Link between influenza vaccination in pregnancy and reduced risk of premature birth
A study published in this week's PLoS Medicine suggests that there might be an association between maternal immunization with inactivated influenza vaccine during pregnancy and reduced likelihood of prematurity and the baby being small for gestational age.
The study, led by Saad B. Omer from the Emory University Rollins School of Public Health in Atlanta, Georgia, used a large surveillance dataset (the Georgia Pregnancy Risk Assessment Monitoring System) to analyze the relationship between receipt of inactivated influenza vaccine during any trimester of pregnancy by mothers of infants born between June 1, 2004 and September 30, 2006 and their baby being premature and small for gestational age: 4,168 mother-baby pairs were included in the analysis.
The authors found that babies who were born during the influenza season (OctoberMay) and whose mothers were vaccinated against influenza during pregnancy were less likely to be premature compared with infants of unvaccinated mothers born in the same period with an adjusted odds ratio of 0.60. Compared with newborns of unvaccinated women, babies of vaccinated mothers had lower risk of being small for gestational age during the period of widespread influenza activity but the researchers did not find a statistically significant effect on small for gestational age babies during the other periods (pre-influenza activity period, local and regional influenza activity periods).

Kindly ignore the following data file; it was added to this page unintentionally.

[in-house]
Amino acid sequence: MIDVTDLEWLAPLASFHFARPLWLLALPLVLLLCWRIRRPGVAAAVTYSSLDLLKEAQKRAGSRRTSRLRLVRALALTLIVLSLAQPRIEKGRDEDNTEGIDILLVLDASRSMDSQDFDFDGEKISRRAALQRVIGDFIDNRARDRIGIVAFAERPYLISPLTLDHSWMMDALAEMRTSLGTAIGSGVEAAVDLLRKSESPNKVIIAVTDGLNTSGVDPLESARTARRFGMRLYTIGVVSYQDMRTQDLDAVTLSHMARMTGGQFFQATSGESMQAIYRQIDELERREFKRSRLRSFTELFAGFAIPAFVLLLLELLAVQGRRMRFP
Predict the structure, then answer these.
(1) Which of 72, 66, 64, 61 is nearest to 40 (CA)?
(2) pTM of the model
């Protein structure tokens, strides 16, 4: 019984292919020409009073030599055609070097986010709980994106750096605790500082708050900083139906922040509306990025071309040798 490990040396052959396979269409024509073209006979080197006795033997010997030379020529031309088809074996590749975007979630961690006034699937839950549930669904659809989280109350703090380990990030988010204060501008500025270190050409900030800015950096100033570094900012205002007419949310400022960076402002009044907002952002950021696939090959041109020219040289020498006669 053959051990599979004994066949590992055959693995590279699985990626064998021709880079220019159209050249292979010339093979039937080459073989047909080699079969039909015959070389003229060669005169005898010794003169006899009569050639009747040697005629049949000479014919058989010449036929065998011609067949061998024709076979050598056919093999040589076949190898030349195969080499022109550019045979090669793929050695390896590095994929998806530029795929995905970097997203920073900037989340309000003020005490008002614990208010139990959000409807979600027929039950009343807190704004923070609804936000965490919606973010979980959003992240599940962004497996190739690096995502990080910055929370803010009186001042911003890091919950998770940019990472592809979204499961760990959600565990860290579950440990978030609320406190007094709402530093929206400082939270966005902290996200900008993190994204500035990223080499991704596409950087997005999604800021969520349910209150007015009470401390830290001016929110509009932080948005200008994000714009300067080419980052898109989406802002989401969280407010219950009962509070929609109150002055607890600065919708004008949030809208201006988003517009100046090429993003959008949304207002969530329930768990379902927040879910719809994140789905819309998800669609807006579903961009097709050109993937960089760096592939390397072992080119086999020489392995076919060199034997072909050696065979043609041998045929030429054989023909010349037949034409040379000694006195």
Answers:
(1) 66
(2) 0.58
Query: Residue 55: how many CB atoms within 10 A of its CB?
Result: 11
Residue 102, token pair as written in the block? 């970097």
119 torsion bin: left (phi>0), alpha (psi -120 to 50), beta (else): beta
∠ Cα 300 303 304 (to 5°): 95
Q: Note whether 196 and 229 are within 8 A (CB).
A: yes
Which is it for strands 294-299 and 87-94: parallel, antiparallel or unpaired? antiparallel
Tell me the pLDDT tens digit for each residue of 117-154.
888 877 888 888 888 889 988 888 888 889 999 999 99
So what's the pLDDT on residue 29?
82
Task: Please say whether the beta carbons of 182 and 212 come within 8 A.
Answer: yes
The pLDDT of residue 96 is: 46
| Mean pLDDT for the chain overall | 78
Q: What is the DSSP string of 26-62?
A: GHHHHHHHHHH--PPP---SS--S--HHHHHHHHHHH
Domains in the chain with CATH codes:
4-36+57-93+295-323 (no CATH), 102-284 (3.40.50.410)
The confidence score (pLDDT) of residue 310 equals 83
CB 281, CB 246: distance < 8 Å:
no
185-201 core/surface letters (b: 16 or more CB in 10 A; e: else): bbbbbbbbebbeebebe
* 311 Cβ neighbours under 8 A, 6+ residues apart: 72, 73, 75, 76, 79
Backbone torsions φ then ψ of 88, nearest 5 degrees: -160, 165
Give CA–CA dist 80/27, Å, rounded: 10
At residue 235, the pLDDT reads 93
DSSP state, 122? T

As an observational study, the work can only show there is an association between influenza vaccination and reduced risk of prematurity, and cannot demonstrate there is a causal link. The authors add "Studies in other populations, particularly randomized controlled trials, are needed to confirm our results."
More information: Omer SB, Goodman D, Steinhoff MC, Rochat R, Klugman KP, et al. (2011) Maternal Influenza Immunization and Reduced Likelihood of Prematurity and Small for Gestational Age Births: A Retrospective Cohort Study. PLoS Med 8(5): e1000441. doi:10.1371/journal.pmed.1000441